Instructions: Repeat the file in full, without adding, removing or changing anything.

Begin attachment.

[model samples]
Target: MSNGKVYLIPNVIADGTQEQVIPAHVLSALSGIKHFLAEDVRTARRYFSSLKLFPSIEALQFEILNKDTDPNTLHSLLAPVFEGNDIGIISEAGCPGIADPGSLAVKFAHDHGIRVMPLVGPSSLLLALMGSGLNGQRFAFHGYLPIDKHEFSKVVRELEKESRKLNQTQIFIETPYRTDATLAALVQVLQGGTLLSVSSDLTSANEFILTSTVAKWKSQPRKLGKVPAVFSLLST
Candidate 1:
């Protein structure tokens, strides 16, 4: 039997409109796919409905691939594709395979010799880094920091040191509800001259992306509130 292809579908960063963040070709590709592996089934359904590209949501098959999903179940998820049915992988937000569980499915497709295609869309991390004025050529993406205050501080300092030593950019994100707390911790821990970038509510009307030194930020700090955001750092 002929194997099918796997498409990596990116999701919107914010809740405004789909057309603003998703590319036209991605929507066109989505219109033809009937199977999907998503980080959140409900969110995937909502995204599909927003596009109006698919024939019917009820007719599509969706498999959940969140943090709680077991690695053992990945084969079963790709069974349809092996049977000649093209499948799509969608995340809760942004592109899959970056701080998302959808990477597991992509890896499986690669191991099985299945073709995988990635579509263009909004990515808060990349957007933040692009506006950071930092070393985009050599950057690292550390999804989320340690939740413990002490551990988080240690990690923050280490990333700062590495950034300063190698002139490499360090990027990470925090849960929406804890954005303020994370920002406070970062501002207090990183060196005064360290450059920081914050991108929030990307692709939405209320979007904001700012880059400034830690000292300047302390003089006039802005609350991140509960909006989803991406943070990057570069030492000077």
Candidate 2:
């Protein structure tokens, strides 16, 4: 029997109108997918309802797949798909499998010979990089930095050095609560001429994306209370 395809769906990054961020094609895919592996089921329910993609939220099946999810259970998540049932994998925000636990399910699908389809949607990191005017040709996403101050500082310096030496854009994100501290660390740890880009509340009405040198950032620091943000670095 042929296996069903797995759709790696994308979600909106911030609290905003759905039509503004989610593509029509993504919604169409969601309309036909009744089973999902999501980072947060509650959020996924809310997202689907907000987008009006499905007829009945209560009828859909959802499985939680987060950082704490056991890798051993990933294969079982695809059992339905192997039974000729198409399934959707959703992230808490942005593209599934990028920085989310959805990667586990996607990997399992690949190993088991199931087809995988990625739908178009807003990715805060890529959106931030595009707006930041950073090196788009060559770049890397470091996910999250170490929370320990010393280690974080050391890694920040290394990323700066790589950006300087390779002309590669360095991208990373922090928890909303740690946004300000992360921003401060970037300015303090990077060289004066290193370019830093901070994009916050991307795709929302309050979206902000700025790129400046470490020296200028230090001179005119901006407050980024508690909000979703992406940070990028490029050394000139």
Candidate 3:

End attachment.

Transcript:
[model samples]
Target: MSNGKVYLIPNVIADGTQEQVIPAHVLSALSGIKHFLAEDVRTARRYFSSLKLFPSIEALQFEILNKDTDPNTLHSLLAPVFEGNDIGIISEAGCPGIADPGSLAVKFAHDHGIRVMPLVGPSSLLLALMGSGLNGQRFAFHGYLPIDKHEFSKVVRELEKESRKLNQTQIFIETPYRTDATLAALVQVLQGGTLLSVSSDLTSANEFILTSTVAKWKSQPRKLGKVPAVFSLLST
Candidate 1:
């Protein structure tokens, strides 16, 4: 039997409109796919409905691939594709395979010799880094920091040191509800001259992306509130 292809579908960063963040070709590709592996089934359904590209949501098959999903179940998820049915992988937000569980499915497709295609869309991390004025050529993406205050501080300092030593950019994100707390911790821990970038509510009307030194930020700090955001750092 002929194997099918796997498409990596990116999701919107914010809740405004789909057309603003998703590319036209991605929507066109989505219109033809009937199977999907998503980080959140409900969110995937909502995204599909927003596009109006698919024939019917009820007719599509969706498999959940969140943090709680077991690695053992990945084969079963790709069974349809092996049977000649093209499948799509969608995340809760942004592109899959970056701080998302959808990477597991992509890896499986690669191991099985299945073709995988990635579509263009909004990515808060990349957007933040692009506006950071930092070393985009050599950057690292550390999804989320340690939740413990002490551990988080240690990690923050280490990333700062590495950034300063190698002139490499360090990027990470925090849960929406804890954005303020994370920002406070970062501002207090990183060196005064360290450059920081914050991108929030990307692709939405209320979007904001700012880059400034830690000292300047302390003089006039802005609350991140509960909006989803991406943070990057570069030492000077």
Candidate 2:
């Protein structure tokens, strides 16, 4: 029997109108997918309802797949798909499998010979990089930095050095609560001429994306209370 395809769906990054961020094609895919592996089921329910993609939220099946999810259970998540049932994998925000636990399910699908389809949607990191005017040709996403101050500082310096030496854009994100501290660390740890880009509340009405040198950032620091943000670095 042929296996069903797995759709790696994308979600909106911030609290905003759905039509503004989610593509029509993504919604169409969601309309036909009744089973999902999501980072947060509650959020996924809310997202689907907000987008009006499905007829009945209560009828859909959802499985939680987060950082704490056991890798051993990933294969079982695809059992339905192997039974000729198409399934959707959703992230808490942005593209599934990028920085989310959805990667586990996607990997399992690949190993088991199931087809995988990625739908178009807003990715805060890529959106931030595009707006930041950073090196788009060559770049890397470091996910999250170490929370320990010393280690974080050391890694920040290394990323700066790589950006300087390779002309590669360095991208990373922090928890909303740690946004300000992360921003401060970037300015303090990077060289004066290193370019830093901070994009916050991307795709929302309050979206902000700025790129400046470490020296200028230090001179005119901006407050980024508690909000979703992406940070990028490029050394000139």
Candidate 3: